Monday, February 13, 2006

Jewish Christianity: A Definition

What exactly is Jewish Christianity? Who is a Jewish Christian? Which books in the NT can be regarded as being Jewish Christian? Should it (or they) be defined ethnically, based on praxis, or doctrinally?

James Carleton Paget is probably on the money when he (tentatively) opts for a praxis-based definition of "a Jewish Christian as someone who accepts the messianic status of Jesus (the bare minimum requires of someone wishing to be a Christian) but feels it necessary to keep, or perhaps adopt, practices associated with Judaism such as circumcision, in the case of males, the sabbath, the food laws, and other such related practices". (p.734).

Paget, J. Carleton. 2002. ‘Jewish Christianity.’ In Cambridge History of Ancient Judaism. 3 vols. Edited by W.D. Davies. Cambridge: CUP. 3:731-75.

In more recent times, some "Messianic Jews" dislike being called "Christians" since they wish to maintain that they are still Jews. Is this insistence misplaced?


J. B. Hood said...

By the definition you cited, do any NT books qualify as "Jewish Christian"?! Which book(s) holds to circumcision, food laws, and Sabbath observance?

My own opinion is that Judaism was much broader than that in the 1c, even though these are of course "big ticket" items. To frame the question in terms of those items alone, however, is to place a decidedly rabbinic stamp on things.

daviv52 said...

commenting on your last paragraph, it is difficult to compare the Judaism of today with the Judaism of the first century. It seems perfectly plausible to me that a first century person could believe that Jesus was the messiah but coud still consider himself and considered by others to be Jewish based on your definition but 1900 plus years later, a person who considers Jesus to be the messiah cannot reasonably be considered to be Jewish no matter what Jewish practices he choses to adopt (or retain).

Dave said...

If we can have Jewish Christians in 2006, and still allow for the keeping of shabbat and other Judaistic practices, can we then have Islamic Christians...that is Christians who have turned from Islam, yet still want to keep the festivals of Islam?

James Crossley said...

which NT books hold Sabbath, circumcision, and food laws? Let's take the synoptics. Circumcision is a tricky one as it is not polemically mentioned and so who knows what was happening (although I would find it hard to think at least some 'Matthean Christians' were not circumcising their baby boys). Matthew 15.20 makes it clear Jesus did not criticise food laws and similarly the Matthean Jesus does not contradict any biblical ruling on the Sabbath. I would say the similar things about Mark and Luke. But does that mean that juest because Jesus was observant should Christians now be do? Even Paul says Jesus was born under the law. In the case of Matthew and Mark, I suspect law observance was expected (Mark isall tied up with my dating so a disclaimer). It is interesting though that he seems to think 'well even those who aren't so good and those naughty ones who teach people not to be good will be in the kingdom, the least in the kingdom, yes, but still there' (a paraphrase of Matt. 5.19). But while Luke clearly portrays Jesus as Law observant he has a kind of revelation history whereby in Acts it is clear that gentiles and even jews no longer have to observe major commandments.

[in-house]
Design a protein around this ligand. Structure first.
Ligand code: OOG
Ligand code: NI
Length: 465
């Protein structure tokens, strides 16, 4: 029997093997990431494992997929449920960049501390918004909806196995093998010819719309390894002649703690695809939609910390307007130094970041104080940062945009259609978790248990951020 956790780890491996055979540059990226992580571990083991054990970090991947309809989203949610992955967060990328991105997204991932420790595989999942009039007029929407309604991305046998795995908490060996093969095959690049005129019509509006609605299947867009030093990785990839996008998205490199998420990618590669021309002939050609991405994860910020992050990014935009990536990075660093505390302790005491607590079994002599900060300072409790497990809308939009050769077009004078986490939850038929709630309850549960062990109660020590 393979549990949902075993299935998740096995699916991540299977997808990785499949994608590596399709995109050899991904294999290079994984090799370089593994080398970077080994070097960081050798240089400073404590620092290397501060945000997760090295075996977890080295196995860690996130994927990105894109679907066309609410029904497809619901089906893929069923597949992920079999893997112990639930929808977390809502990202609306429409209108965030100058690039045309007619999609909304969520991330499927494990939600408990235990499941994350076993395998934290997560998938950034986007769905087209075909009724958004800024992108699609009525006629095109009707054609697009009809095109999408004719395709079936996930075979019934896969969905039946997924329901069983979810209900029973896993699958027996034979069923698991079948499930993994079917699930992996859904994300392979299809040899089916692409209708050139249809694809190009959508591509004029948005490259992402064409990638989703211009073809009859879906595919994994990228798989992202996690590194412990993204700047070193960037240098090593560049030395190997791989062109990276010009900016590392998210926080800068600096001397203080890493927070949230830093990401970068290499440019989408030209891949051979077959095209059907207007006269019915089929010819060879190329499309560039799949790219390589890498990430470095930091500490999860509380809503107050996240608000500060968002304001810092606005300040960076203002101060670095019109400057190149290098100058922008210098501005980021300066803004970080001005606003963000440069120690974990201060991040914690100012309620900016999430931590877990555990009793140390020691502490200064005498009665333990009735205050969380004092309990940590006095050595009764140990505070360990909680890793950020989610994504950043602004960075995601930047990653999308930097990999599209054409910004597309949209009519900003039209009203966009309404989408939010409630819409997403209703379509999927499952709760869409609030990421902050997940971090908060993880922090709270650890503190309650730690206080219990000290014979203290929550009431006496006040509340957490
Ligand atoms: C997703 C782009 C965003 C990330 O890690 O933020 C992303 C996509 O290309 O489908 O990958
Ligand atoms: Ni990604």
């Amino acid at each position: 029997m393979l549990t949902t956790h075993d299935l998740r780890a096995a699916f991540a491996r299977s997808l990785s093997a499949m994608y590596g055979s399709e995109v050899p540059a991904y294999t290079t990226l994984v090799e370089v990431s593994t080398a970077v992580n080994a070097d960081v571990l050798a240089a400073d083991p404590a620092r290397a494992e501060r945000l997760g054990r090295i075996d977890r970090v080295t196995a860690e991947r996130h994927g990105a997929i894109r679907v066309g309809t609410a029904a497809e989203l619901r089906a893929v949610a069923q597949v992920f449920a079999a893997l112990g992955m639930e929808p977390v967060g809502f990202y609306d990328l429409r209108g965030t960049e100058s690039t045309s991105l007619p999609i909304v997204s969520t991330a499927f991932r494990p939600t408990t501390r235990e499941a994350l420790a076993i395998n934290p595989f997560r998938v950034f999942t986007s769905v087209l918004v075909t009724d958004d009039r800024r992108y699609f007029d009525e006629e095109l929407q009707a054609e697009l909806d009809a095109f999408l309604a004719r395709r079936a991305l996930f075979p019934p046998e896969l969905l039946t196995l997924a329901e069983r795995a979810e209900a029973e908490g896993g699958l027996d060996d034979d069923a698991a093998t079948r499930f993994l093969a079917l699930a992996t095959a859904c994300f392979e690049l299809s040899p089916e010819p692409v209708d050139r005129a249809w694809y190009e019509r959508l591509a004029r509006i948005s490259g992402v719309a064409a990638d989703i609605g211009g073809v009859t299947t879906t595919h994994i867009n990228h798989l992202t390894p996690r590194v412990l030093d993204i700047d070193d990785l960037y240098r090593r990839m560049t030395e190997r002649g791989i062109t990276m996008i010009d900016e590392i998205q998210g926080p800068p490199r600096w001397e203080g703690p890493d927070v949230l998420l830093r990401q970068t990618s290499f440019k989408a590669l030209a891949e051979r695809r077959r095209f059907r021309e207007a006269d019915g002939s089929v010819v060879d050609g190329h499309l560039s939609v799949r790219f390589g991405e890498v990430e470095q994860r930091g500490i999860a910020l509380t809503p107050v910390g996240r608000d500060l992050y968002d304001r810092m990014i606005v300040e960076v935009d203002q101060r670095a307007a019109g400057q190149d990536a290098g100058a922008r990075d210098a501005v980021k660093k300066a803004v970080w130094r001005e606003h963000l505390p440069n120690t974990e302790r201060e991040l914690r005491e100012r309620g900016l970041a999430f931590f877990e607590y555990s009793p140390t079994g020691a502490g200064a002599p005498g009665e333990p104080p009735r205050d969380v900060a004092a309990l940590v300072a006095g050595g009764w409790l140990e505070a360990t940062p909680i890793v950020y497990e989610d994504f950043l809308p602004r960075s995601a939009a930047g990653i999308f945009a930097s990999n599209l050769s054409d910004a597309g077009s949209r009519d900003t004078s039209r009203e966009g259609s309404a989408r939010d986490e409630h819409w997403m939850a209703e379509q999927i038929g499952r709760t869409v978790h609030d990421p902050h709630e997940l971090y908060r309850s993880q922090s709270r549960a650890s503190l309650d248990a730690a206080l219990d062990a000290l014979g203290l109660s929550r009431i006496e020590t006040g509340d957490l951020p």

What that says about Jewish Christianity I don't know but that's what some gospel people might have thought.

Kyle said...

I once heard a rabbi describe both Judaism and Christianity as off-shoots of Second Temple Judaism. Modern Judaism's relationship to Israelite religion seems pretty minimal to me.

Rod said...

I think, Dave, you have a basic misunderstanding of what it means to be Jewish. It's as much as racial identity as it is a religious. Hence you can be Jewish and atheist, a Jewish Buddist, a Jewish Sikh. You could even be a Jewish Christian, but that would be someone who retains the Jewish racial tag but has given up Judaism and assimilated to gentile Christianity.

Islam is much more of a religious identity. I think it unlikely you would ever get Islamic Christians, but never say never...

Further I think it unlikely so called Jewish Christians would want to keep Shabbat and I hesitate to say Judiastic practice, but biblical feasts(Rather than the adopted pagan feasts of the present church). This is where Jewish Christians and Messianic Jews part company.
Messianics are those Jews who have found the Jewish Messiah in Y'shua (Jesus) and those gentiles who have decided to align themselves with them, who wish to retain their religious practise.
They keep Shabbat, the biblical festivals and even those areas of the Law which they deem as relevant. Not due to legalism, but out of desire to please God, who did after all, give the Law.
The early disciples and followers of Jesus were, for the most part, practising Jews, who when they found Messiah, continued to be practising Jews.They had no problem with Shabbat keeping, Festival keeping or going to Synagogue.
Current Messianic Jews are the same. Why should Jews who believe in Messiah give up their heritage, and become gentile Christians?
The Messianic belief system is essentially the same as the Christian, but worship practise varies.